The smartest time to work on your trees is when they are in their dormant stage. In the fall and winter, most trees go into a dormant stage, and their growth pauses. It is comparable to a bear hibernating for the winter; the tree conserves energy by stopping its growth.
When you make cuts to a tree during its dormant stage, you will not affect its bloom potential for the spring and summer seasons. If you cut after new growth has begun in the spring, then you might stunt the tree’s growth for that year.
Good Time For Tree Pruning?
Pruning is also easier when the ground is harder. The frozen (or near-frozen) soil is a sturdier base upon which tree trimming professionals can climb. Also, having the leaves off the tree makes the shape of the branches easier to see. It is a simpler view of the branches that simplifies the tree trimmer’s job in deciding which branches and limbs should be pruned.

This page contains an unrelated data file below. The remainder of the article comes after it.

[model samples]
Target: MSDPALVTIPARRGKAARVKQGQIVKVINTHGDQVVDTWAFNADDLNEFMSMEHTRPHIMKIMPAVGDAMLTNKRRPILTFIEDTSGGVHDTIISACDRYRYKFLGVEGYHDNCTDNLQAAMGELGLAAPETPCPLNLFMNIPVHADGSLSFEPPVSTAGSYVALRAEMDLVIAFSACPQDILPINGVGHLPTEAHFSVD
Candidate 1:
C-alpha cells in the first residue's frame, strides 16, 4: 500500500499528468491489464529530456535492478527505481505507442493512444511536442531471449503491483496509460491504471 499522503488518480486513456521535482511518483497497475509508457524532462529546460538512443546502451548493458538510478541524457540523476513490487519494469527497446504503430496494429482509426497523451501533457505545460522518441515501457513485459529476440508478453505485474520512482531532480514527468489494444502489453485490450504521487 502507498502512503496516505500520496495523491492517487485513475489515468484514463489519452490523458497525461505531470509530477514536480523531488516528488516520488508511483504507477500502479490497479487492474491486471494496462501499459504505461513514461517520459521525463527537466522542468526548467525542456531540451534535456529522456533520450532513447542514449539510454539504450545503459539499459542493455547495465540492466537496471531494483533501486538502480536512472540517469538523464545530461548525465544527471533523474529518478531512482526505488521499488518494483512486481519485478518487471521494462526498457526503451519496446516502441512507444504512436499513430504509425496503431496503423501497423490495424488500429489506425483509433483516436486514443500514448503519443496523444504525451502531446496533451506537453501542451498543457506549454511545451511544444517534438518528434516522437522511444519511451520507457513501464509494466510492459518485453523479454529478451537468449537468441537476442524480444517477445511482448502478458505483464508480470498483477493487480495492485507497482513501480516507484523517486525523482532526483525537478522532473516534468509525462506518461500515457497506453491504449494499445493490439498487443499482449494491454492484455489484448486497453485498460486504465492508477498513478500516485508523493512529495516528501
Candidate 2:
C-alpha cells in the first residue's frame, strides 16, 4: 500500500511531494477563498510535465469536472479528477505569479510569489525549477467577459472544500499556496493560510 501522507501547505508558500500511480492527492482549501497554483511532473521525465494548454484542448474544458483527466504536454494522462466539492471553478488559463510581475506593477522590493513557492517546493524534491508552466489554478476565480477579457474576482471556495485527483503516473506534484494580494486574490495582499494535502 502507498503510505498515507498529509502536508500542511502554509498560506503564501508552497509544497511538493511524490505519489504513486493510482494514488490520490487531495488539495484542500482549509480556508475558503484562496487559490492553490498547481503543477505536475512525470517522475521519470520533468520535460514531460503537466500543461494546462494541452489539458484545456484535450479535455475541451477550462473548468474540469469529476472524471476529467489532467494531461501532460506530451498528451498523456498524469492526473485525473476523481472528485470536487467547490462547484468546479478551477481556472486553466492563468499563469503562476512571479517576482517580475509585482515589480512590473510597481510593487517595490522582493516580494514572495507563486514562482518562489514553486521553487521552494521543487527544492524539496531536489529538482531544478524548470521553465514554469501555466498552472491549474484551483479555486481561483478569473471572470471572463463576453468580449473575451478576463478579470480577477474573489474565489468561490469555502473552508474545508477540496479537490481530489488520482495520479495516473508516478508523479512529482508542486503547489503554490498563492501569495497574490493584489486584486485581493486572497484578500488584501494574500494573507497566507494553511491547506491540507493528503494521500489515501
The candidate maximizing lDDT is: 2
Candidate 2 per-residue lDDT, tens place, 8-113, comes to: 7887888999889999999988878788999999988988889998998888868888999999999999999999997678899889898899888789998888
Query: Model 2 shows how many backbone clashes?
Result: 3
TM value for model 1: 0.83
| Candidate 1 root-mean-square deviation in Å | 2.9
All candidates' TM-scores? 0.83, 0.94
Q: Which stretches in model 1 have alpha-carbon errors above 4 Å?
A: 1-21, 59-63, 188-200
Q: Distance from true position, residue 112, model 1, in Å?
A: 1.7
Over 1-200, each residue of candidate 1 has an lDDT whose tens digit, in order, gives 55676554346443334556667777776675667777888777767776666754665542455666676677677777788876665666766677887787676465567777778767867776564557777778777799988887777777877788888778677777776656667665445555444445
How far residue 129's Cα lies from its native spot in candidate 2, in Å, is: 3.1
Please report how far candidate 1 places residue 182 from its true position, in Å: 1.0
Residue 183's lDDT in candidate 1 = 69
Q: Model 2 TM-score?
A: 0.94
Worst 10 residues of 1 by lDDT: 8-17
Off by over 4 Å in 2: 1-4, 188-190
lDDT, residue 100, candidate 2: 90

If you think your trees need trimming – and chances are high that they do require at least some degree of pruning – then you should act quickly before the spring thaws begin to kick in. The winter may not be ideal for some activities, but it is certainly perfect weather for pruning a tree.
The late fall works well too. Once many of the leaves have fallen from the branches, the tree has let you know that it is entering its dormant stage for that year.